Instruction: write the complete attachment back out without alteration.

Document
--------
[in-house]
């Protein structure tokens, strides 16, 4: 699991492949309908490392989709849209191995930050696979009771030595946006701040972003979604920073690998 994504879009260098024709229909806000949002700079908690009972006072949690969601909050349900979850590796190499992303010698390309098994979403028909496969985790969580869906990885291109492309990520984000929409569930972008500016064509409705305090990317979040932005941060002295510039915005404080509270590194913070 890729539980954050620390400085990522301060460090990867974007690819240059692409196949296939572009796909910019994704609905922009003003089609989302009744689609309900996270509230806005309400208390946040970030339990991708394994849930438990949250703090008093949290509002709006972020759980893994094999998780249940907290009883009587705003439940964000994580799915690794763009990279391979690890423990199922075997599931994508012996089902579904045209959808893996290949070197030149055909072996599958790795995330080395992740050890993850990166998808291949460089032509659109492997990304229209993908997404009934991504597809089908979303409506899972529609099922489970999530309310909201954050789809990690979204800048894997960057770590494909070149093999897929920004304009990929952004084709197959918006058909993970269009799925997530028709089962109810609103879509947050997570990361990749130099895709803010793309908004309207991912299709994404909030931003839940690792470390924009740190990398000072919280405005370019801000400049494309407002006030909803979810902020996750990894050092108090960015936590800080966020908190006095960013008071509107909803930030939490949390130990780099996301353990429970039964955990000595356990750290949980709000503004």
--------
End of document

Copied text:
[in-house]
């Protein structure tokens, strides 16, 4: 699991492949309908490392989709849209191995930050696979009771030595946006701040972003979604920073690998 994504879009260098024709229909806000949002700079908690009972006072949690969601909050349900979850590796190499992303010698390309098994979403028909496969985790969580869906990885291109492309990520984000929409569930972008500016064509409705305090990317979040932005941060002295510039915005404080509270590194913070 890729539980954050620390400085990522301060460090990867974007690819240059692409196949296939572009796909910019994704609905922009003003089609989302009744689609309900996270509230806005309400208390946040970030339990991708394994849930438990949250703090008093949290509002709006972020759980893994094999998780249940907290009883009587705003439940964000994580799915690794763009990279391979690890423990199922075997599931994508012996089902579904045209959808893996290949070197030149055909072996599958790795995330080395992740050890993850990166998808291949460089032509659109492997990304229209993908997404009934991504597809089908979303409506899972529609099922489970999530309310909201954050789809990690979204800048894997960057770590494909070149093999897929920004304009990929952004084709197959918006058909993970269009799925997530028709089962109810609103879509947050997570990361990749130099895709803010793309908004309207991912299709994404909030931003839940690792470390924009740190990398000072919280405005370019801000400049494309407002006030909803979810902020996750990894050092108090960015936590800080966020908190006095960013008071509107909803930030939490949390130990780099996301353990429970039964955990000595356990750290949980709000503004």